She was amazed at how easily the program came together when she started making connections. “People were so excited. It was as if one phone call led to another and another of people putting me in touch with others who could help.” Dias put together a team that included Verepi Madise of the Nanzikambe Arts Development Organization, Malawian health care specialist Mphatso Diyele, and acclaimed Malawian storyteller Masankho Banda.
Dias says she wanted to film the workshop because most of what she has learned about theater for development has come from reading. But she wanted to see it in action. So a few months before she went to Malawi, she trained with Theatre of the Oppressed NYC. “Not everyone can do that. There is a need for something on film,” says Dias.
So she called L.A.-based film producer Kelly Bumford, a friend from high school, and asked her to come along and film the week, with the goal of making a documentary. “We have some incredible moments on film,” says Dias.
The issues of HIV/AIDS became a core theme of the workshop, Dias says, because of the stigma attached to it in Malawi. “Everyone is affected. If they are not living with it, they know someone who has it or has died from it,” she says. While the government of Malawi has worked to reduce the rate of transmission in the last decade, UNAIDS reports that there are still about 180 new HIV infections per day in the country.
“In Malawi, the culture around these issues has become so taboo, people don’t talk about their status and they don’t want to get tested. If you are known to have HIV or AIDS, you will essentially be ostracized. This is the poorest country in the world. So in a community where you quite literally depend on the people around you for survival, being ostracized can be a death sentence,” explains Dias.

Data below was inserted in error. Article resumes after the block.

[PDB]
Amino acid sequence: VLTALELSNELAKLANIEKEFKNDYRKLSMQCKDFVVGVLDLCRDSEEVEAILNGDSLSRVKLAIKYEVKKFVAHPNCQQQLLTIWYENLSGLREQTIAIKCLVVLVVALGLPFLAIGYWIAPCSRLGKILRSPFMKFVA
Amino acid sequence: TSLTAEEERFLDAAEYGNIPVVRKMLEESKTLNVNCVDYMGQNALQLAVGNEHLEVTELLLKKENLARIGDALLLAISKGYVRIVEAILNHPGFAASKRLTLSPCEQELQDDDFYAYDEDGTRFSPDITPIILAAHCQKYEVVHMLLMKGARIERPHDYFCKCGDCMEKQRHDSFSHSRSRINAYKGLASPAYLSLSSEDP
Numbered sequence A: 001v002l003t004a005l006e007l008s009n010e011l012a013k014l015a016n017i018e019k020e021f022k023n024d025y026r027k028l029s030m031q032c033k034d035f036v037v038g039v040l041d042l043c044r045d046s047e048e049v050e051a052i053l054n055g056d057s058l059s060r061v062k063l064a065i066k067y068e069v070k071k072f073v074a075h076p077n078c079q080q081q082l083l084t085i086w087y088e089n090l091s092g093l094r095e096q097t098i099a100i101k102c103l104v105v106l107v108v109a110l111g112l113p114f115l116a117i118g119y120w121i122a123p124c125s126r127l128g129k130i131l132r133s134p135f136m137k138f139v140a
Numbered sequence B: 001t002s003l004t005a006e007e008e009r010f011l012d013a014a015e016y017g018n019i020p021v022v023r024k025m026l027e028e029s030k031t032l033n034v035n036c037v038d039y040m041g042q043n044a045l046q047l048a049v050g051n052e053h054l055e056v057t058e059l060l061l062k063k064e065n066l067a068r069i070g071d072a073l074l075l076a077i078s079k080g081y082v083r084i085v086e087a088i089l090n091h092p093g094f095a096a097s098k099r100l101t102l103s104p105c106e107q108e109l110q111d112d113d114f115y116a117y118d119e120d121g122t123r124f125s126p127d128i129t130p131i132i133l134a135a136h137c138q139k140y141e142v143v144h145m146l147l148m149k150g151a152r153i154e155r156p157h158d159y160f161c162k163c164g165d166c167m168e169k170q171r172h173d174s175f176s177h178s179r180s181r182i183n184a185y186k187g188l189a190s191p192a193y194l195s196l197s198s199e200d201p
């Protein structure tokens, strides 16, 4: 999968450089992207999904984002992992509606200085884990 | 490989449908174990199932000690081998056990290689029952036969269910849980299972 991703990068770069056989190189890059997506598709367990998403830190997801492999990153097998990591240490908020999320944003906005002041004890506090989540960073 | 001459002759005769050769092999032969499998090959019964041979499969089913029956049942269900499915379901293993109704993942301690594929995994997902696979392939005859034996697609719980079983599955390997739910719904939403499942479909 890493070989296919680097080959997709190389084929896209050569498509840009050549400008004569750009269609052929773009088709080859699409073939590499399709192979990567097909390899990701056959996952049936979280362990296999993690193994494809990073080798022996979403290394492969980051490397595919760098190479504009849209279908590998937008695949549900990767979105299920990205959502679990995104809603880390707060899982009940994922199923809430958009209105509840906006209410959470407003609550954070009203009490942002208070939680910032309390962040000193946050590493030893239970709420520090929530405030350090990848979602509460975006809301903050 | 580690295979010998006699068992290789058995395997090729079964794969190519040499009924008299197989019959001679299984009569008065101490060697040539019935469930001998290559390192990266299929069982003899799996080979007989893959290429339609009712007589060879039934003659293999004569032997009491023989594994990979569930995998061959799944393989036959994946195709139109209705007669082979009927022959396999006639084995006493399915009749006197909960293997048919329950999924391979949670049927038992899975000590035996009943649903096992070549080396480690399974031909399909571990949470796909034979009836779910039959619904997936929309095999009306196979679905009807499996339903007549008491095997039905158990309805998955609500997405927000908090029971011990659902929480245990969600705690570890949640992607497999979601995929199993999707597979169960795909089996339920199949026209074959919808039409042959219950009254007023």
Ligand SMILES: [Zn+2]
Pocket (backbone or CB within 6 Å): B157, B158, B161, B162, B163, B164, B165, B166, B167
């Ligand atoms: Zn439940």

“At the end of the week, a group leader asked who of the participants was willing to get tested and they all raised their hands. We have it on film,” says Dias. “One of the participants said ‘if we are going to transform the community, we have to start by transforming ourselves.’ ”
After screening the documentary at CUA, Dias has plans to screen the film at other D.C. locations and in New York and Los Angeles. One of those locations is at the Theatre Alliance in Washington, D.C., where the screening is part of weekend workshop led by Dias on the concepts of theater for development. She is working with Theatre Alliance, a company committed to socially conscious theater, on a project called “I love D.C.”
Dias has also found success at other D.C.-area theater companies such as The Inkwell (a new play development company), the Folger Shakespeare Theatre, and the American Century Theater, working as a director, playwright, and dramaturg. This summer, Dias, who also works at CUA for the Office of Campus activities as a program coordinator, will direct two 10-minute plays for the Source Festival. After graduating this summer, she plans to stay in D.C. because there are so many opportunities in the theater arts.
“My work in the arts is a vocation,” says Dias. “God can work through artists to help transform people’s lives. I believe the theater artist’s soul is prophetic, tasked with the work of revelation. I don’t know where I’ll be in a year, but I’ll let that belief guide me.”
The Salima Project screening on CUA's campus is April 8 at 8 p.m. in Hartke 101. For more information contact email@example.com or visit salimaproject.org.
Favorite place on campus: The University Mall. “I love the view of the Basilica.”
Favorite Place in D.C.: The National Archives
Favorite book: Towards a Poor Theatre by Jerry Grotowski “I think I’ve read it a thousand times.”
Area of Research: American and cultural identity